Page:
The Anti-corruption Court will today decide the fate of three former officials of Ministry of Public Service in the Pensions Scam case.
The three former officials of Ministry of Public Service currently on remand in Luzira prison, are accused of irregularly budgeting sh88 billion for NSSF and paying it to ghost pension pensioners.
Jimmy Lwamafa who was then Permanent Secretary, together with Christopher Obey then Principal Accountant and Stephen Kiwanuka Kunsa then Commissioner Compensation Department, were indicted with 10 counts that include causing financial loss, abuse of office,false accounting, conspiracy to defraud and diversion of public funds.
They were then denied bail on grounds that they would flee the country since they knew the evidence against them by the state, and have been on trial since November 2015. The alleged crime took place over two financial years of 2010/11 and 2011/12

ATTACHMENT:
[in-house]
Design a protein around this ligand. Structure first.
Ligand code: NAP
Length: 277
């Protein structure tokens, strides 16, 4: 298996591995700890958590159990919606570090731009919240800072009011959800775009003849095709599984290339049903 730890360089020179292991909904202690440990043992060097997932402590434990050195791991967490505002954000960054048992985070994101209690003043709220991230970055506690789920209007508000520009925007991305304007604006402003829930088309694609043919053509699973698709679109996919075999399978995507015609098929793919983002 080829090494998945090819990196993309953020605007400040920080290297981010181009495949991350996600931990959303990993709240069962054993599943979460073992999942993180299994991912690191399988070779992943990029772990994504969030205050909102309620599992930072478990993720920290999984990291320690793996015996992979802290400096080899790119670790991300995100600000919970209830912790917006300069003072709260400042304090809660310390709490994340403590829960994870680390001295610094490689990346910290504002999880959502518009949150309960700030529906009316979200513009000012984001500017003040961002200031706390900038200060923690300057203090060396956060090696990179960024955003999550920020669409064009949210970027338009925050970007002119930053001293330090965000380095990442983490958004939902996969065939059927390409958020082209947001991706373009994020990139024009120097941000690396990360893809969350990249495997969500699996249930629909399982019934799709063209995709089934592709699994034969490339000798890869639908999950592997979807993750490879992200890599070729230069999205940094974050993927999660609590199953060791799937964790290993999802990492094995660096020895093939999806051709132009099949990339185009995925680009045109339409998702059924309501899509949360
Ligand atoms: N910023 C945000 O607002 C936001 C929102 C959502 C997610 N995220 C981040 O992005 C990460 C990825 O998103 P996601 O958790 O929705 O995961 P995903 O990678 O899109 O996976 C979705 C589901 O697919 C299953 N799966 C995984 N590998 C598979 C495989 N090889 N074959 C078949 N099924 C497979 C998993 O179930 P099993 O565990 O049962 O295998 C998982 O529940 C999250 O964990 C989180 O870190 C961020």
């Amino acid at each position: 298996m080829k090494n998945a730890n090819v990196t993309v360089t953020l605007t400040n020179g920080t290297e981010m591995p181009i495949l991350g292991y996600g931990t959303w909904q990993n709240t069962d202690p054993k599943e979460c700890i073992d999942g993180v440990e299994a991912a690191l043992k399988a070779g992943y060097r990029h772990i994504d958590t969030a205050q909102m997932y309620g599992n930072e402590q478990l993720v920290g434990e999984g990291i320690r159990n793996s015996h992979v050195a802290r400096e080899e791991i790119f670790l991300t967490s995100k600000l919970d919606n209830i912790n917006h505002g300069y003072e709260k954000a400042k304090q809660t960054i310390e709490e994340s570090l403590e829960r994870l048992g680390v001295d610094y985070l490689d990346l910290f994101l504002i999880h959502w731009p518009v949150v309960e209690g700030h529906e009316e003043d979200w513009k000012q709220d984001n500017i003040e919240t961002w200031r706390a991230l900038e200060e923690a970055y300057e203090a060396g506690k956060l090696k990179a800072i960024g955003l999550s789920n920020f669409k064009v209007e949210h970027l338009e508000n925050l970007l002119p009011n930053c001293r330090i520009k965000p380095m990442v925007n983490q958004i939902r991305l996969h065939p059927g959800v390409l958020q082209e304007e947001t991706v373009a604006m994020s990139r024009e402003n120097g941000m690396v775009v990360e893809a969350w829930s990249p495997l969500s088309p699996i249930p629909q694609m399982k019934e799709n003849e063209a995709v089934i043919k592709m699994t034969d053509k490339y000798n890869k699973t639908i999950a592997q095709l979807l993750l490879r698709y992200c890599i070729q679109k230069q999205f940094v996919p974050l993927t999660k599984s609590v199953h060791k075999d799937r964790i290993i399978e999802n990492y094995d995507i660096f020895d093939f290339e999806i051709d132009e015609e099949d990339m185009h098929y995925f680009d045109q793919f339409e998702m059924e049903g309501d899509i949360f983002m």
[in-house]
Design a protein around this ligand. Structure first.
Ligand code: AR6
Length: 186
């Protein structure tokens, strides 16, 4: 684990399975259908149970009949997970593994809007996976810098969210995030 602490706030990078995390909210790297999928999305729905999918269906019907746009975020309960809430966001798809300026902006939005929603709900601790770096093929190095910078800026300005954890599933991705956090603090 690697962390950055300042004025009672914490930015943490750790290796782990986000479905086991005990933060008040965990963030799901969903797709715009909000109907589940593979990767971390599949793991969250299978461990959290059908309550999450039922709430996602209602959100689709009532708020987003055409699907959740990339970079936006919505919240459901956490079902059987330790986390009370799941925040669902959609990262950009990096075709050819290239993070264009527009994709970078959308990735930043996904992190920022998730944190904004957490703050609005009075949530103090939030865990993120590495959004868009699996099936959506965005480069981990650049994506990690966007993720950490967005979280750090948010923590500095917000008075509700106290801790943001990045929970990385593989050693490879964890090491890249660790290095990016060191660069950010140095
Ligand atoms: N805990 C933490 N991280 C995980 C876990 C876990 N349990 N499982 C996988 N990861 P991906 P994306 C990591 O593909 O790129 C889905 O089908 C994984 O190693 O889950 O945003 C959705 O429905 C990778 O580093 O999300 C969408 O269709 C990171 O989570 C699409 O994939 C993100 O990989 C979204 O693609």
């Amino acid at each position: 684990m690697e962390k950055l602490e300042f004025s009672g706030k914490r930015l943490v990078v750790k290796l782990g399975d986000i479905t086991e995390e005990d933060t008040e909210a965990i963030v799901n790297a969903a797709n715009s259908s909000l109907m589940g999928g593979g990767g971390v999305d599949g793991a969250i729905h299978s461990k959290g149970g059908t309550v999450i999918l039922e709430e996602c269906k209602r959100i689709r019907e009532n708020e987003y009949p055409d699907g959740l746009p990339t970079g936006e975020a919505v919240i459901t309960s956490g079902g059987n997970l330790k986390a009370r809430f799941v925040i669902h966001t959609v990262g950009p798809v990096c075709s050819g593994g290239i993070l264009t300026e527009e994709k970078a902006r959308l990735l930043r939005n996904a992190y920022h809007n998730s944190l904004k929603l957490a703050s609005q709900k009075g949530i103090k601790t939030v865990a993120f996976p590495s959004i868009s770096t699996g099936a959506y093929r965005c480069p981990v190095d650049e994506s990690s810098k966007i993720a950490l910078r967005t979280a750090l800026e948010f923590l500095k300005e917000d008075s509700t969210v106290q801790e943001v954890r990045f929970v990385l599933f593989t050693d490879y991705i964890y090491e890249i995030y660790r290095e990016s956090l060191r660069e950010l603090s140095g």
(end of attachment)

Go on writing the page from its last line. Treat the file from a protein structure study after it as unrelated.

Justice Lawrence Gidudu is set to deliver the judgement, but he is not bound by the earlier decision of the two court Assessors who advised him to acquit the accused officials.
The assessors in the corruption case in September advised the Anti-Corruption Court to find them innocent and acquit them of all charges.
Prosecution maintains the said money was paid to ghost pensioners, and that the accused officials were responsible for authorizing this same payment. The said the officials requisitoned for the said money well knowing public servants do not contribute to the National Social Security Fund (NSSF) pension scheme.
In the opinion of the two assessors, Vincent Okech and Stanley Kurong, no evidence has been adduced by prosecution to show that the said item NSSF was ever discussed in any meeting included in the accused’s work plan and budgetary estimates for financial years 2010/2011 and 2011/2012 as alleged.
They explained that the accused only requisitioned for funds for gratuity and pension of teachers, soldiers and beneficiaries of the East African Community, but not NSSF.
They add that the evidence on record, regarding the entry of data in the Output Budget Tool (OBT) at the Ministry of finance, shows that only the then Assistant Commissioner Policy and Planning Joses Tegyeza had access to the payment system since he was the officer nominated from Public Service to go and enter data.